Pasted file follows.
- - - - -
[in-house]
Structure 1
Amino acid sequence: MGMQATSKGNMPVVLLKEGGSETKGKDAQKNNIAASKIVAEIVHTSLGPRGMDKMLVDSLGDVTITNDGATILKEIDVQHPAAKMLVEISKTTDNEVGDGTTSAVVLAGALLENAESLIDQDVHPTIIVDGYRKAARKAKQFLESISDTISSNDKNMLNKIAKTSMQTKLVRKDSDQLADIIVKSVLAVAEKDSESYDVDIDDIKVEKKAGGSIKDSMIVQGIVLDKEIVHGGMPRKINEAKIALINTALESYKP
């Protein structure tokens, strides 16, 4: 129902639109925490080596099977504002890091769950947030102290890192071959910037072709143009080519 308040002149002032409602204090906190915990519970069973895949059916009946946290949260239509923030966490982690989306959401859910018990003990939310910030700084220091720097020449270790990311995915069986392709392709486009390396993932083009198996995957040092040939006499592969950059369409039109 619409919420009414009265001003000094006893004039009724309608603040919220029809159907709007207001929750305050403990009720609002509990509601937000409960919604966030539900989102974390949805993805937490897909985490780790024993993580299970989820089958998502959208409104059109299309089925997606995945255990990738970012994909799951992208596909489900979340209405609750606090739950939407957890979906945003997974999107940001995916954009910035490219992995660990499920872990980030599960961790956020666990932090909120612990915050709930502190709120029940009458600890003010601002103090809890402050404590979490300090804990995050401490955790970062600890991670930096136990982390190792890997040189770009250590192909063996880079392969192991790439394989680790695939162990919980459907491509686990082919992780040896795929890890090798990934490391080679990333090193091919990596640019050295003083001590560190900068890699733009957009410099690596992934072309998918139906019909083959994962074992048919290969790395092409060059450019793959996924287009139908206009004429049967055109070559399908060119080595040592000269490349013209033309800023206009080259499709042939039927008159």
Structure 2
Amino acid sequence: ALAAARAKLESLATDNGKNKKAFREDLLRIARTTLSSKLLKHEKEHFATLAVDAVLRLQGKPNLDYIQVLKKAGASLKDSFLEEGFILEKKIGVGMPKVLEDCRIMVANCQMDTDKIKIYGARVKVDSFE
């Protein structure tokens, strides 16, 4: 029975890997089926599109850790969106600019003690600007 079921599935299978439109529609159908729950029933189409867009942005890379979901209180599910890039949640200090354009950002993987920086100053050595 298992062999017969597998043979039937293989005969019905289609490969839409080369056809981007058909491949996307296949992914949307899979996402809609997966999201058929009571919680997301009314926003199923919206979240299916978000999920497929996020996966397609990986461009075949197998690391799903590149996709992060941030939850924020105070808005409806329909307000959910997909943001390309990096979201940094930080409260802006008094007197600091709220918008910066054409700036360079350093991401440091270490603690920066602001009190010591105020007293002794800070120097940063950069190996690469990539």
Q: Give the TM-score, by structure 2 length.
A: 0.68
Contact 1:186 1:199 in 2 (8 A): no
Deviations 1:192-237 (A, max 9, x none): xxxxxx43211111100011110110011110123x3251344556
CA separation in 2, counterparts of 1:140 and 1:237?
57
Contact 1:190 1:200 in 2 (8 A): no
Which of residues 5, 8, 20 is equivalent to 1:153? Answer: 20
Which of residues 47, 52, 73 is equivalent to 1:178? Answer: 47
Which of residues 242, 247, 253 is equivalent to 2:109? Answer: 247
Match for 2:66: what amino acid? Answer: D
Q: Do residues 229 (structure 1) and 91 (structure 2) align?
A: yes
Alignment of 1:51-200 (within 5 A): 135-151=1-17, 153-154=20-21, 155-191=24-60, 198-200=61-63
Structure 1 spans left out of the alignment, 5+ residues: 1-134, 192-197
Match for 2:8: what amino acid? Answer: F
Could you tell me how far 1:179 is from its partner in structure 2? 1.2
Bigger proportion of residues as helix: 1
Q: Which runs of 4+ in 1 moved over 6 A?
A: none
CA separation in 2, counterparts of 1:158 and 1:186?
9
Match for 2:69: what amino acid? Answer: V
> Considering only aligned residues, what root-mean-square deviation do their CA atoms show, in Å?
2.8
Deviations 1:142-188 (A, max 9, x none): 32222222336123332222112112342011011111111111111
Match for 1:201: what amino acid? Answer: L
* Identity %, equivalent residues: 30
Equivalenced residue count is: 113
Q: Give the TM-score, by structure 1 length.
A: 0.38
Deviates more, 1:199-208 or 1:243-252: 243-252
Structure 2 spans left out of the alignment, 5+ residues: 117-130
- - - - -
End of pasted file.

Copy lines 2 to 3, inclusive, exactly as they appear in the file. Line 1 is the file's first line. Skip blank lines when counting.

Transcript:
Structure 1
Amino acid sequence: MGMQATSKGNMPVVLLKEGGSETKGKDAQKNNIAASKIVAEIVHTSLGPRGMDKMLVDSLGDVTITNDGATILKEIDVQHPAAKMLVEISKTTDNEVGDGTTSAVVLAGALLENAESLIDQDVHPTIIVDGYRKAARKAKQFLESISDTISSNDKNMLNKIAKTSMQTKLVRKDSDQLADIIVKSVLAVAEKDSESYDVDIDDIKVEKKAGGSIKDSMIVQGIVLDKEIVHGGMPRKINEAKIALINTALESYKP